2021 UIndy Engineering 3D Printing Summer Camp: Developing the Next Generation of Makers
The R. B. Annis School of Engineering and the Center for Collaborative Innovation (CCI) successfully completed the 2021 STEM summer camp with the theme; Make the Maker: UIndy Engineering 3D Printing Summer Camp.
The summer camp had nine high school student campers. The camp, which combined engineering and entrepreneurial mindset development, focused on the design, fabrication, and use of 3D printers. The pre-college participants were exposed to advanced design tools as well as digital manufacturing processes at the new Annis Hall facility. Though the camps was only scheduled to run two weeks, R.B. Annis School of Engineering faculty and staff Dr. Paul Talaga, James Emery, Dr. Megan Hammond, Dr. Joan Martinez, and Dr. David Olawale worked with the students for over three weeks because of the participants’ engagement and the organizers’ commitment for campers to go home with their operational 3D printers after the camp.
According to Dr. Paul Talaga (Camp Coordinator) the camp modeled the engineering process well. “In the real world, the answers aren’t in the back of the book. Rather than run a camp where participants used 3D printers to print trinkets, we challenged the campers to imagine, design, and build a functional 3D printer on their own. Their creativity was astounding! Each printer was unique and contained dozens of 3D printed and waterjeted parts, each having been designed by campers who went through many iterations to verify proper fit and functionality. The creativity, problem solving, CAD, 3D printing, and fabrication skills acquired will allow these campers to continue their creativity.”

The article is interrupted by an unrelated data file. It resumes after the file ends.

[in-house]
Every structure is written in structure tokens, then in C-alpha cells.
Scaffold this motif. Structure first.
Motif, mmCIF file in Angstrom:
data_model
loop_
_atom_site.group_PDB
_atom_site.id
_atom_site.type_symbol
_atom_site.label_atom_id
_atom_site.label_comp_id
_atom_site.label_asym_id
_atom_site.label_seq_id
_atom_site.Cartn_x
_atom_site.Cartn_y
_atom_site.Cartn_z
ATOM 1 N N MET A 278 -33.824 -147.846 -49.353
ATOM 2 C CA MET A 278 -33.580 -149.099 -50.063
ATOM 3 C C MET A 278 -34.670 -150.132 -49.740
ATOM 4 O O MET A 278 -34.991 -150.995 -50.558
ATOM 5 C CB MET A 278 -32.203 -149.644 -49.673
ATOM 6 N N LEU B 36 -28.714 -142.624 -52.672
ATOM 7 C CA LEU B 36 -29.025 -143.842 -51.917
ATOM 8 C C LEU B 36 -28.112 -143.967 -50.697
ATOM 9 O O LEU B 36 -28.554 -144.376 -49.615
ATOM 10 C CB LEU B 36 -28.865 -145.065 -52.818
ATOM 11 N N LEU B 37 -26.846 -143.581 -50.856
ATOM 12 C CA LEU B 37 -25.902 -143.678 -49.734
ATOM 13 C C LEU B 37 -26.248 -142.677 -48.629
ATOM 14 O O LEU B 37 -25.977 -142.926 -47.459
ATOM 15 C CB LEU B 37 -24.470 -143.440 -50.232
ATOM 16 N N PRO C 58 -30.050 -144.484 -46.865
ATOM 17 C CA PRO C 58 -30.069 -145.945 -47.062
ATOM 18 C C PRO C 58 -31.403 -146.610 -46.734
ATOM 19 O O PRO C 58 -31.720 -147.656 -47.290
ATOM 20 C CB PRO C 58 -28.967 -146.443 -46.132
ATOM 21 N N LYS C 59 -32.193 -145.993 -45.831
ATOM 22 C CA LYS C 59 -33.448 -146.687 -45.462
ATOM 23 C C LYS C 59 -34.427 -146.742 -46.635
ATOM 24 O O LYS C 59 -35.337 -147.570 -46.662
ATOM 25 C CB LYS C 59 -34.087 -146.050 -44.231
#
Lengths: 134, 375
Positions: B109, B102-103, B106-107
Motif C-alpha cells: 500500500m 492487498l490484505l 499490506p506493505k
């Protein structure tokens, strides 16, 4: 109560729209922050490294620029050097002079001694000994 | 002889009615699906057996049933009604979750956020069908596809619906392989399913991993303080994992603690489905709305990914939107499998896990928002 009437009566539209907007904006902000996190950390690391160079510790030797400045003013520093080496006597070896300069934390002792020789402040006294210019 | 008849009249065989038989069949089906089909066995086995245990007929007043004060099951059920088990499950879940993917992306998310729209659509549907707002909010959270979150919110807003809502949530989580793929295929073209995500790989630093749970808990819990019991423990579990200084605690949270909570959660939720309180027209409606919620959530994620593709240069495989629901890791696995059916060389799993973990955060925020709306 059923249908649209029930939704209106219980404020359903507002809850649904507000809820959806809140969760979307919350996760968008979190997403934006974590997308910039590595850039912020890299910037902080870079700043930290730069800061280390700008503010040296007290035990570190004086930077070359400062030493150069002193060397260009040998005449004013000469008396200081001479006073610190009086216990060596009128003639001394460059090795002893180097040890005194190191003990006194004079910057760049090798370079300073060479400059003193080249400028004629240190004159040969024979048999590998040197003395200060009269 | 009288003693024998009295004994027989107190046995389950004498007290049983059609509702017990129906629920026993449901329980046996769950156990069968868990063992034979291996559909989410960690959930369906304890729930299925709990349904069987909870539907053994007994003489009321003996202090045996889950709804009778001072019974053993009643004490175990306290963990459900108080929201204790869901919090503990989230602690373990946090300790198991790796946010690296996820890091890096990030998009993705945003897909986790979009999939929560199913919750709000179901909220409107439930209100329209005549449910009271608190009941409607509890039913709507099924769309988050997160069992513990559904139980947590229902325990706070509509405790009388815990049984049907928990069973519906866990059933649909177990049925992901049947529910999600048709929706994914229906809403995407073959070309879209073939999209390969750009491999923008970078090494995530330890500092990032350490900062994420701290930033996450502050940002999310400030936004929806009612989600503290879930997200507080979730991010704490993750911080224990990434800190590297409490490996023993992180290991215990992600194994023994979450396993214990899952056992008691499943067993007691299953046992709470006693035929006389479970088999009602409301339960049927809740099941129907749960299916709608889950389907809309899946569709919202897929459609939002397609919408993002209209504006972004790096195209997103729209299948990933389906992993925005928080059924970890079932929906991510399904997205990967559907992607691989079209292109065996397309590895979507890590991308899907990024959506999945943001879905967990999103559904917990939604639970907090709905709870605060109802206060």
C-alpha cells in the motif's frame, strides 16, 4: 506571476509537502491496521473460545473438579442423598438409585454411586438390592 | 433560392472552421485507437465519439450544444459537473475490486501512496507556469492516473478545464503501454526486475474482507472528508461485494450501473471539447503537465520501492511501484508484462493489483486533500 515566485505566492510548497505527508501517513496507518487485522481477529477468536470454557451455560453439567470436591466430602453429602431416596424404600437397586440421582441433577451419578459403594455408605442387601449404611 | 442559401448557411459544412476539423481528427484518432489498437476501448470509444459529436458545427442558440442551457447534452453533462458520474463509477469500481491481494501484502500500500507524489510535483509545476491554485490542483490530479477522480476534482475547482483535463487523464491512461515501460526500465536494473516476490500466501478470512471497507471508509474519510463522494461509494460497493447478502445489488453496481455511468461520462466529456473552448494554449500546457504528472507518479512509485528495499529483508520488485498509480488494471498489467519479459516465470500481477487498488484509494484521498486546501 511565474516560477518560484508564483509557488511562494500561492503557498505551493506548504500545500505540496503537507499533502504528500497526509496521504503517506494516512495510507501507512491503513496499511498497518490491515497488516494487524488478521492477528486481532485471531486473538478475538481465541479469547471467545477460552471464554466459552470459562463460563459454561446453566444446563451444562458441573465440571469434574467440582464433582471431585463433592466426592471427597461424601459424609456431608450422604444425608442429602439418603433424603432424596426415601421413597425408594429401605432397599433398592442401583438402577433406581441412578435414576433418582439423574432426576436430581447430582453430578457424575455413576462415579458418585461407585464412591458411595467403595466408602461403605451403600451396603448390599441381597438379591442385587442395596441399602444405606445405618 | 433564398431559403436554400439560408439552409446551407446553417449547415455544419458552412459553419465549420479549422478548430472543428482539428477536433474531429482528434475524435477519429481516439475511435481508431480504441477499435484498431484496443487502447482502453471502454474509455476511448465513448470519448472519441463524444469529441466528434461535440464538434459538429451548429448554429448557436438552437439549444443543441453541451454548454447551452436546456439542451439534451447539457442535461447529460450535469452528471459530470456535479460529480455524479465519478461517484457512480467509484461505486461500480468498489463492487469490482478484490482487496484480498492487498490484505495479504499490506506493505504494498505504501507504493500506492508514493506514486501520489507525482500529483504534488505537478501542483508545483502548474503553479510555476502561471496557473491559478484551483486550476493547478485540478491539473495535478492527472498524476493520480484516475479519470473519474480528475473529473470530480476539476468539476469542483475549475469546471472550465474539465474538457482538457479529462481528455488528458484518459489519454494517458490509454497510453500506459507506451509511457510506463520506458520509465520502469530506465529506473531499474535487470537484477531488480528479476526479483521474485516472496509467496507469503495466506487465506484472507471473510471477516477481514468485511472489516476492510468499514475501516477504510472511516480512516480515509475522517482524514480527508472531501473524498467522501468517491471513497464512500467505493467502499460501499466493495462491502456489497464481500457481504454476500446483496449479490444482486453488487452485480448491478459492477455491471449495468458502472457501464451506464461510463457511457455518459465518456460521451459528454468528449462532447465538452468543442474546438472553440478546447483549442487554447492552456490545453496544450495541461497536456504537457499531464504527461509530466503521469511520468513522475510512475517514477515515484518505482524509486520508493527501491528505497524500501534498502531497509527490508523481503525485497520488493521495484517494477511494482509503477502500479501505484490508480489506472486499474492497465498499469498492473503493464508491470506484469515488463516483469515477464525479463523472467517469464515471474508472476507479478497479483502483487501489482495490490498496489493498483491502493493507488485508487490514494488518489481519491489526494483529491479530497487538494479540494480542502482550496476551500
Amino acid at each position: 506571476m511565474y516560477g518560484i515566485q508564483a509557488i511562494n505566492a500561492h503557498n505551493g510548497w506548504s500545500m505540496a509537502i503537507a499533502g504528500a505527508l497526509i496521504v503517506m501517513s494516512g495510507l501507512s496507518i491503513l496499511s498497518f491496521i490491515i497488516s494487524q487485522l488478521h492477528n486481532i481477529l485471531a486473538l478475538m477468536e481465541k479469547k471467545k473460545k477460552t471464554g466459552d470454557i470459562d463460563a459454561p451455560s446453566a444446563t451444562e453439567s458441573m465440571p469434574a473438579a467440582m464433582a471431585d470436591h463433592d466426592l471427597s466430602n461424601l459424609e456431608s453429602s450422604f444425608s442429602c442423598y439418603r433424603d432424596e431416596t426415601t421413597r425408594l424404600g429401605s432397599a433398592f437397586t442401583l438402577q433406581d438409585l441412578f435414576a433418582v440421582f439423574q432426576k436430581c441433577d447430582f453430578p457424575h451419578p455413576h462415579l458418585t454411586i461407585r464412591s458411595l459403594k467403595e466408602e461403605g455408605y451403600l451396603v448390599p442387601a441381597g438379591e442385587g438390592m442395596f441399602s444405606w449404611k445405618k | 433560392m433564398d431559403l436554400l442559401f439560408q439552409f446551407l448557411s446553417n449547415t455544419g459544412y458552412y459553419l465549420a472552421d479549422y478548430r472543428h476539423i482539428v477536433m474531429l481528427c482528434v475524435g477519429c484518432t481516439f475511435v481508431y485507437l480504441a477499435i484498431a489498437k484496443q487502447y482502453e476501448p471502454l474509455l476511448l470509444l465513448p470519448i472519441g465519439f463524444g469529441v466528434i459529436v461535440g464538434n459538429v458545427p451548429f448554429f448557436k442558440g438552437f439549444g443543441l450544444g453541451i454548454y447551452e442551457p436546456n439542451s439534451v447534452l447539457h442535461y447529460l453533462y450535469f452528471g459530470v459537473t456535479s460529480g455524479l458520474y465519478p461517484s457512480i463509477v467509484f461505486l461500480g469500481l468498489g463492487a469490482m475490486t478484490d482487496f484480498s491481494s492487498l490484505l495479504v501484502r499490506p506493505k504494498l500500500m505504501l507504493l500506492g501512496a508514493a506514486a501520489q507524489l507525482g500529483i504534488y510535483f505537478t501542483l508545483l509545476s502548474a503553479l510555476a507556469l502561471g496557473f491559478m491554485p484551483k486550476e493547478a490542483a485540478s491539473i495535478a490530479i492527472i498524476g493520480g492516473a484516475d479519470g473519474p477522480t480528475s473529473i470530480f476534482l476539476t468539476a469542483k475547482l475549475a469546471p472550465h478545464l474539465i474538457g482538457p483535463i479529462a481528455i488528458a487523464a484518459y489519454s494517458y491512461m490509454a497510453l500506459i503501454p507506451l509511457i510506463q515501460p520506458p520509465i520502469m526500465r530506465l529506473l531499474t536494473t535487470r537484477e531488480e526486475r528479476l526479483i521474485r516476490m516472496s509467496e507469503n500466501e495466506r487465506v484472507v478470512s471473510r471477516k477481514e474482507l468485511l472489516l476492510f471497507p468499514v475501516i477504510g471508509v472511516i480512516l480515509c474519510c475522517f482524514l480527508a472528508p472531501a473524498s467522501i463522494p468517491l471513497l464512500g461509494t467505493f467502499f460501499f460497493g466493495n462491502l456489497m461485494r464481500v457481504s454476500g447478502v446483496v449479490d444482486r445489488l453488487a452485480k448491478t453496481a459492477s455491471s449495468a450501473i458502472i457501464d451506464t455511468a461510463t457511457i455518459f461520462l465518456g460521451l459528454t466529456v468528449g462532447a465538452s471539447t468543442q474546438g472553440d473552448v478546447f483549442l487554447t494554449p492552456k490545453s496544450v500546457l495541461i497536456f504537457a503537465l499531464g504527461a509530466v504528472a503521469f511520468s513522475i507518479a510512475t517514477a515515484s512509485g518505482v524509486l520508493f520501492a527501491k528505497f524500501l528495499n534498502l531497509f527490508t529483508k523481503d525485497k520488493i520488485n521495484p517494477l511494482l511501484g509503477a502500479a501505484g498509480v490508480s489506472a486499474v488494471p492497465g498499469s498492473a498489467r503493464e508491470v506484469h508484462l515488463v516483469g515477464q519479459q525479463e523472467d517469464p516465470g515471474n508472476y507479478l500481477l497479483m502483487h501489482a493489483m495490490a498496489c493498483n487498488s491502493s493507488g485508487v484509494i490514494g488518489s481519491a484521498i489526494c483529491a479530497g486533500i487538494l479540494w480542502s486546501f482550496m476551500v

Some of the feedback from the campers on key lessons learned included:
“Learned how to manage my time, utilize CAD software, and learned to persevere through challenges.”
“Better CAD skills and thinking of how to assemble a product”
“I learned a lot about CAD and problem solving.”
Due to support from the Elevate Nexus Higher Education Grant, two high schoolers from Southport High School in Indianapolis, who would not have otherwise been able, were able to participate in the camp on full scholarships. “It is important to expose our high schoolers to advanced design and manufacturing tools as well as the entrepreneurial mindset,” said David Olawale, assistant professor of engineering, “So that we may attract them to the STEM disciplines and increase their ability to solve problems that matter to our nation, irrespective of economical and social status.” The CCI works on promoting innovation and entrepreneurship across UIndy and the surrounding communities.